Ultimate 2021 Oscars Best Picture Contenders Guide

Yes, it’s that time again. Before you can even take a moment (or two months) to smell the roses, it’s Oscar season again and the race for that elusive Best Picture win. Granted, in a “traditional” year we’d be in a post-Cannes period looking forward to the deluge of fall festival world premieres. However, this year the pandemic pushed the annual French cinematic lovefest to July. With the Venice, Telluride, and TIFF trifecta beginning just six weeks later, the 2022 season is in for a fast and furious start.

READ MORE: Samuel L. Jackson, Danny Glover and Elaine Stritch finally getting their Oscars

From a bird’s eye view, there are 25 “likely” best picture contenders on the board (or almost). That doesn’t count another 19 films that could either be category contenders or serious surprises. Although we’ve purposely omitted Animated Feature or International Film contenders for now. And with many films not officially dated, the “likely” selects could grow or shrink dependingly. Oh, and don’t forget there are a guaranteed 10 Best Picture nominees this season. So, if this 25 picture list is accurate, well, those aren’t bad odds are they?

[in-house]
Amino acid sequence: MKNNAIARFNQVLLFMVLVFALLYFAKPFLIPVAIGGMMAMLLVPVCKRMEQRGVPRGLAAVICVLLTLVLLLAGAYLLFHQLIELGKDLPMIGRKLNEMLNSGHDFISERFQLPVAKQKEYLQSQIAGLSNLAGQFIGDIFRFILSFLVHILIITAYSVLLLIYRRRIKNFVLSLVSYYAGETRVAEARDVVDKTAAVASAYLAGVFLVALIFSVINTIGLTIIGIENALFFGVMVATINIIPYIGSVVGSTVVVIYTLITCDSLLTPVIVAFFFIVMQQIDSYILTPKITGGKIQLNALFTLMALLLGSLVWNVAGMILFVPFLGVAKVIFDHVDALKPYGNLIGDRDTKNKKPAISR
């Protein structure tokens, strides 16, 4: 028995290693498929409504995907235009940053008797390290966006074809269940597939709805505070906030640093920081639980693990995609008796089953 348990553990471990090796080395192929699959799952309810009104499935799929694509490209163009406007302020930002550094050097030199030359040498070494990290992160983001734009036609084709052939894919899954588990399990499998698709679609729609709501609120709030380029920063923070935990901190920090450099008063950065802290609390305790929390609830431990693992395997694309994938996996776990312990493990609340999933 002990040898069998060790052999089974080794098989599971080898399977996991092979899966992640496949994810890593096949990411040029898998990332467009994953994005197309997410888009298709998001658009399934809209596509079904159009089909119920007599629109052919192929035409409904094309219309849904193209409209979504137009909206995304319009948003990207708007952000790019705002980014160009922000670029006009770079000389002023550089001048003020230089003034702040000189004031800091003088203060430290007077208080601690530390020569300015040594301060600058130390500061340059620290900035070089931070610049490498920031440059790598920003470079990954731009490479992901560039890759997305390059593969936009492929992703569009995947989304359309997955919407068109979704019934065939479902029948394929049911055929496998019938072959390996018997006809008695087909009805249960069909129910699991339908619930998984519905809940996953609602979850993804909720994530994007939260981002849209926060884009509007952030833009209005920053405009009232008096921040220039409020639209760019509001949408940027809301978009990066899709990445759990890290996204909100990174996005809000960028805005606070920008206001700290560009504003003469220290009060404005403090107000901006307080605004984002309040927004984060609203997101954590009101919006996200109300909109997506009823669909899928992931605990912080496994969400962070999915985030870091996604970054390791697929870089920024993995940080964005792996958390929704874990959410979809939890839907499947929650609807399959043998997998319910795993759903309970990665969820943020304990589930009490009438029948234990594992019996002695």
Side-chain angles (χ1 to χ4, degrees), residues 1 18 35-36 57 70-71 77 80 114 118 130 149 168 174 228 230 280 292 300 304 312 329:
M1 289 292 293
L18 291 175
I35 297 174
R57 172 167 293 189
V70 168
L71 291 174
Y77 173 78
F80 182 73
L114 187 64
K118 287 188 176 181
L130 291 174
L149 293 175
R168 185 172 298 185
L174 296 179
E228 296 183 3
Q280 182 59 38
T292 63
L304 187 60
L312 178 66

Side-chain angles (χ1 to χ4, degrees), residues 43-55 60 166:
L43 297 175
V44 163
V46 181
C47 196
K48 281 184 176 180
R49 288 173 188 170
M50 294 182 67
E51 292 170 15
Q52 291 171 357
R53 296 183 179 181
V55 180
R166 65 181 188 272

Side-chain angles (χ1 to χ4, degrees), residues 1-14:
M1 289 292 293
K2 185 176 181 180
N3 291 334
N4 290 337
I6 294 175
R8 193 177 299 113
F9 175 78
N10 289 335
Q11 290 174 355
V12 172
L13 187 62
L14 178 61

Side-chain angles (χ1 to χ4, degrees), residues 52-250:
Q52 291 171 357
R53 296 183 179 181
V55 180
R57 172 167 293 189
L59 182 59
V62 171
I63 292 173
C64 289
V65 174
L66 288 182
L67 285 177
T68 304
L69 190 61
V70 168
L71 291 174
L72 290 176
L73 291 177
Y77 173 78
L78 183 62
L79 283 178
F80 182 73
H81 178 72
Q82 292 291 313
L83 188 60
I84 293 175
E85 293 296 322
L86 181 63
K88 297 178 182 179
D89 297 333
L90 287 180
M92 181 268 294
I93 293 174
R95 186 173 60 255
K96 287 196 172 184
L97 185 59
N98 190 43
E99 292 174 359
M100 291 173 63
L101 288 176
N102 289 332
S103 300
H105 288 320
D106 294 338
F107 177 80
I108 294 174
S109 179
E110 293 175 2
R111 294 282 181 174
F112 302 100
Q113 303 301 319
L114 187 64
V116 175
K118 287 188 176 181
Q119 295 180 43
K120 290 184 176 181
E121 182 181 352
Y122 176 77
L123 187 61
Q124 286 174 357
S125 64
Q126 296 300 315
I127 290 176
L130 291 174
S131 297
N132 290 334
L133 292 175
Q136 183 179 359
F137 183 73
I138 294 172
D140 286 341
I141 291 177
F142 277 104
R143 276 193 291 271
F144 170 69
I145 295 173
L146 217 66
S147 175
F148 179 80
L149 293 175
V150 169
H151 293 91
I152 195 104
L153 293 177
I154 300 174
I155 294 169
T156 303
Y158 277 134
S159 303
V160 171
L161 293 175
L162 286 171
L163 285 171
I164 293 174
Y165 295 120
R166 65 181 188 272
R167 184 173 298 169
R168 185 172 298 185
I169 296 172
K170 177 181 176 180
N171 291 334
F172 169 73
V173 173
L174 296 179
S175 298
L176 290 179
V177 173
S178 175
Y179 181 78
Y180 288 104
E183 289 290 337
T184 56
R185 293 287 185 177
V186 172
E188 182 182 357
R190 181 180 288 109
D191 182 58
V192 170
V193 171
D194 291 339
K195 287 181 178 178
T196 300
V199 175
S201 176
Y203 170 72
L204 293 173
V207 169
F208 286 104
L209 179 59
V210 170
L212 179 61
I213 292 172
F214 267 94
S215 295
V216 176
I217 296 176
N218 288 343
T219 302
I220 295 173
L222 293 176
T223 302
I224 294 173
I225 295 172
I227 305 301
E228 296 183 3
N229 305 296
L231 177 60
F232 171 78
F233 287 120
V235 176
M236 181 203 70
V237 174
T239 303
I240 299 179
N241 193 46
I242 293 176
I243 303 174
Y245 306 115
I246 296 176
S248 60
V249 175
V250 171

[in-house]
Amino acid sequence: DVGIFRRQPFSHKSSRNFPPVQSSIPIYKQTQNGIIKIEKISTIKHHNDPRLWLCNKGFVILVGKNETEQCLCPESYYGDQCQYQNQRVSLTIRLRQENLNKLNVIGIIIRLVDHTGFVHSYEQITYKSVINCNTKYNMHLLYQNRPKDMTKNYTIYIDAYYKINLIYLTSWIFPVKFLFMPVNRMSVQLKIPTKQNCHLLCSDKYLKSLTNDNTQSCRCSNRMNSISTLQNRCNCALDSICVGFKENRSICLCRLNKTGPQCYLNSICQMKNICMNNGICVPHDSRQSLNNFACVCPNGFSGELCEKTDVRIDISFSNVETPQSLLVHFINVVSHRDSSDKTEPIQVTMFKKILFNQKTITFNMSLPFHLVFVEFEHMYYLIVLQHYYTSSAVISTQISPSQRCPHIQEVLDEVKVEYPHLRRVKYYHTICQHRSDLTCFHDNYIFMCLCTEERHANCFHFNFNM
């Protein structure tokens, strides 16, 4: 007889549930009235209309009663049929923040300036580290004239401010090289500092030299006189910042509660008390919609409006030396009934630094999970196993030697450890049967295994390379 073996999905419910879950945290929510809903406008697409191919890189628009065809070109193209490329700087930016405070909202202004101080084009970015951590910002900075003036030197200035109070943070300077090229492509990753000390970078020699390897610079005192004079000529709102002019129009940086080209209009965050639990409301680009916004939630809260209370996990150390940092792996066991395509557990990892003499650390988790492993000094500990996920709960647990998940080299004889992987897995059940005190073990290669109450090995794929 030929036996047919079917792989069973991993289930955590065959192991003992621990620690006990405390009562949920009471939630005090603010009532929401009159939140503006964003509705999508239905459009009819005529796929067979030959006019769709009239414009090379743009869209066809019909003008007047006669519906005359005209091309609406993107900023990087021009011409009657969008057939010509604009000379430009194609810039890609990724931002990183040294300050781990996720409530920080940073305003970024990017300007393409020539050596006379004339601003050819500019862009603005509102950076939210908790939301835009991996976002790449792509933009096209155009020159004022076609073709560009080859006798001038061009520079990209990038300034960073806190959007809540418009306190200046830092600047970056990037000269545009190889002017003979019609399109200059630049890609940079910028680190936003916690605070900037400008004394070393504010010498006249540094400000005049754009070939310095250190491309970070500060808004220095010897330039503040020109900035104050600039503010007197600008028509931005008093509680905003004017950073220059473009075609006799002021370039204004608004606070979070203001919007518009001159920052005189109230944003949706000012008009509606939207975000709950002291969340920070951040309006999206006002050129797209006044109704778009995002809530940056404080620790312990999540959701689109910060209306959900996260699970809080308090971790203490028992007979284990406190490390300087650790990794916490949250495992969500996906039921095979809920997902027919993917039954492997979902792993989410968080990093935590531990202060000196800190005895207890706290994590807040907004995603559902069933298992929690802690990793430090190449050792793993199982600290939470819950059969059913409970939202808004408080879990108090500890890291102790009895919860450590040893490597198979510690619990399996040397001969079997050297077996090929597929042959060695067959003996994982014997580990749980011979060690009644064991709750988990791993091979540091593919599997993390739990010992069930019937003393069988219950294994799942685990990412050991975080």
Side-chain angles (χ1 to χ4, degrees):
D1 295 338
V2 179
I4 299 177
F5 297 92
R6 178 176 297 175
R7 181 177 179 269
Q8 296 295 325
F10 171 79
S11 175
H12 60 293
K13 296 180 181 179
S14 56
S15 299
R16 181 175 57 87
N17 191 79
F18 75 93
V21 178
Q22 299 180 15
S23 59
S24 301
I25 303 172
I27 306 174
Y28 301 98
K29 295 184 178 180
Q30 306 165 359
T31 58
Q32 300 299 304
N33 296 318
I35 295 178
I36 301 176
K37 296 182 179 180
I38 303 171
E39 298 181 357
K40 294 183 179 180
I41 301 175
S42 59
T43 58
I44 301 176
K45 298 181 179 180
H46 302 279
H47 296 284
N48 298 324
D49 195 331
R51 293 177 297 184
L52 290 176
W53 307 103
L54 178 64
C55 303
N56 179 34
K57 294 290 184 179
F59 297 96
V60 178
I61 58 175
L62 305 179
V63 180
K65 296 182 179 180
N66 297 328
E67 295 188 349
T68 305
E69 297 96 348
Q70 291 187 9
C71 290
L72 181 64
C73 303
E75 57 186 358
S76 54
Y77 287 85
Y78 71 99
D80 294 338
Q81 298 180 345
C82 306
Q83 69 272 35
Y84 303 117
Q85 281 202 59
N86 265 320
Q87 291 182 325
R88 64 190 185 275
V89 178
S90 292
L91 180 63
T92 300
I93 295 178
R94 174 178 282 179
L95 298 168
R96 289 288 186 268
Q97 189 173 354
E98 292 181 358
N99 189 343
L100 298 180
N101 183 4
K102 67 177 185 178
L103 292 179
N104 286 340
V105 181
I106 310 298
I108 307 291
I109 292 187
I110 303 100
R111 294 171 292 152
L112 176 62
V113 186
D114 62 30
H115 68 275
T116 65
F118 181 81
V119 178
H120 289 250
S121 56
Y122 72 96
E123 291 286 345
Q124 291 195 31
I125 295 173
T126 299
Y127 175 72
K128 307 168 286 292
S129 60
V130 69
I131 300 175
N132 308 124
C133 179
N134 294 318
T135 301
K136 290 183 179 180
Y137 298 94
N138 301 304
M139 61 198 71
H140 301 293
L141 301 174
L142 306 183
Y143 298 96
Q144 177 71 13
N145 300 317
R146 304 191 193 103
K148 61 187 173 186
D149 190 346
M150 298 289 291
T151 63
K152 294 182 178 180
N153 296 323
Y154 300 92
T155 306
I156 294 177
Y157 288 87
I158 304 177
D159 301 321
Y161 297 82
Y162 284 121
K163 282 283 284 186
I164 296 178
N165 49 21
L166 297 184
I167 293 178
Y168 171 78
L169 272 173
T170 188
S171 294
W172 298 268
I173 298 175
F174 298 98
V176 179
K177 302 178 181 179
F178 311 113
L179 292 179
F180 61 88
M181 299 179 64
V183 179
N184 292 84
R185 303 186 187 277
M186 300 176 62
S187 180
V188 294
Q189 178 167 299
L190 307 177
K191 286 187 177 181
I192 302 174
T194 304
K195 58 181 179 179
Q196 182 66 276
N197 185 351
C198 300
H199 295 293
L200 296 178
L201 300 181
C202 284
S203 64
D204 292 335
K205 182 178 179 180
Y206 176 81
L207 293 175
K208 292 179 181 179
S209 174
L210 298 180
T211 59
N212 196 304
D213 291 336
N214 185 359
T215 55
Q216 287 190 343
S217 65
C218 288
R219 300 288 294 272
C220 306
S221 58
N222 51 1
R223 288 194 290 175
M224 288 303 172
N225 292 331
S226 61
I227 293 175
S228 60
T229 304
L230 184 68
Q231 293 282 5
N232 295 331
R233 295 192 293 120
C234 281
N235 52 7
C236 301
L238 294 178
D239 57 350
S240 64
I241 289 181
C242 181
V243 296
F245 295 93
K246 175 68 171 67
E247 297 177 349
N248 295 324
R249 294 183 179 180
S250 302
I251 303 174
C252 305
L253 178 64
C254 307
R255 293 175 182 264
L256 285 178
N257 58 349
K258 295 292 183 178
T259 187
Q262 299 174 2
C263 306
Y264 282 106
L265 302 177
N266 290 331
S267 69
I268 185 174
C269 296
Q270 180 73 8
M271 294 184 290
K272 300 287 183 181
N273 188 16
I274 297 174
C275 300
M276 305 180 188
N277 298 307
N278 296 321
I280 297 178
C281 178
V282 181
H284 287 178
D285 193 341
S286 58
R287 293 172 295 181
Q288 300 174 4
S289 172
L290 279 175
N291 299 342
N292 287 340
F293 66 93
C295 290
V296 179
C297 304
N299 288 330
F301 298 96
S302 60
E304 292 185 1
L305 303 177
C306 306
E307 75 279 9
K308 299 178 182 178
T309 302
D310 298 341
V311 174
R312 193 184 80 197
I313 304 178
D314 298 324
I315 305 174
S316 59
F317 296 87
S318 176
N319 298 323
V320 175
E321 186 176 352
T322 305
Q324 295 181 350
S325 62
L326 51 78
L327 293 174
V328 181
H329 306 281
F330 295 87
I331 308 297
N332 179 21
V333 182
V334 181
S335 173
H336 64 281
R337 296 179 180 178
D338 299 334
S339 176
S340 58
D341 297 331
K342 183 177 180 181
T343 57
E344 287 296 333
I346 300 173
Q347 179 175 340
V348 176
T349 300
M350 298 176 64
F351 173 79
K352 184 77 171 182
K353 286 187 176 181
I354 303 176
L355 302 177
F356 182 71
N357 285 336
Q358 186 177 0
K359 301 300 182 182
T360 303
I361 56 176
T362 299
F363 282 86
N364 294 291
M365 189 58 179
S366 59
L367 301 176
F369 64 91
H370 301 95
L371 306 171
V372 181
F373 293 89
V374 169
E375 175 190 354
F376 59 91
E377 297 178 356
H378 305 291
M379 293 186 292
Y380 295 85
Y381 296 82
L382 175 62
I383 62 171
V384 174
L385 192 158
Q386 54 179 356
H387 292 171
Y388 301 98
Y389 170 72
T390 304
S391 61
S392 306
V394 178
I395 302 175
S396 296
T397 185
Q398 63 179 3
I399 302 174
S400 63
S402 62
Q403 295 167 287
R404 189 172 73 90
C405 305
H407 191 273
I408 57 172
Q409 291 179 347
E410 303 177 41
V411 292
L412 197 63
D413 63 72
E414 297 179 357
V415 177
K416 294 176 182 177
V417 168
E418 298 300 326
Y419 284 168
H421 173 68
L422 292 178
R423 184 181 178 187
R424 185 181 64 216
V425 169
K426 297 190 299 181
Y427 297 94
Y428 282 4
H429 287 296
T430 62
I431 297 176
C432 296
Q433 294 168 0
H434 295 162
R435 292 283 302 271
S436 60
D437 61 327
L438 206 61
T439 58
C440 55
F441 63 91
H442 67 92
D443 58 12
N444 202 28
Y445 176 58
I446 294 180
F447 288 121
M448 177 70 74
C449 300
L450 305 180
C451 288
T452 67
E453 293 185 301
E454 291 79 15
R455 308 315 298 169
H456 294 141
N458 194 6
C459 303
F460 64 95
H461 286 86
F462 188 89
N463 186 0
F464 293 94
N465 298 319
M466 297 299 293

Here’s a look at the almost 50 films that “should” shape the 2022 Oscar race. Maybe.


Wes Anderson,THE FRENCH DISPATCH” (Searchlight Pictures)
That cast. Anderson’s pedigree. A Cannes competition selection…twice. The October release date (Y’all forgot that was prime Best Picture release month right?). Hard to see it not being a significant player throughout the season.

Guillermo del Toro, NIGHTMARE ALLEY” (Searchlight Pictures)
Del Toro’s follow-up to Best Picture winner “The Shape of Water” was always going to be under the awards season microscope. And that was before Bradley Cooper, Willem Dafoe, Cate Blanchett, Rooney Mara, Michael Shannon, and Toni Colette came along for the ride.

Ridley Scott,THE LAST DUEL” (20th Century Studios)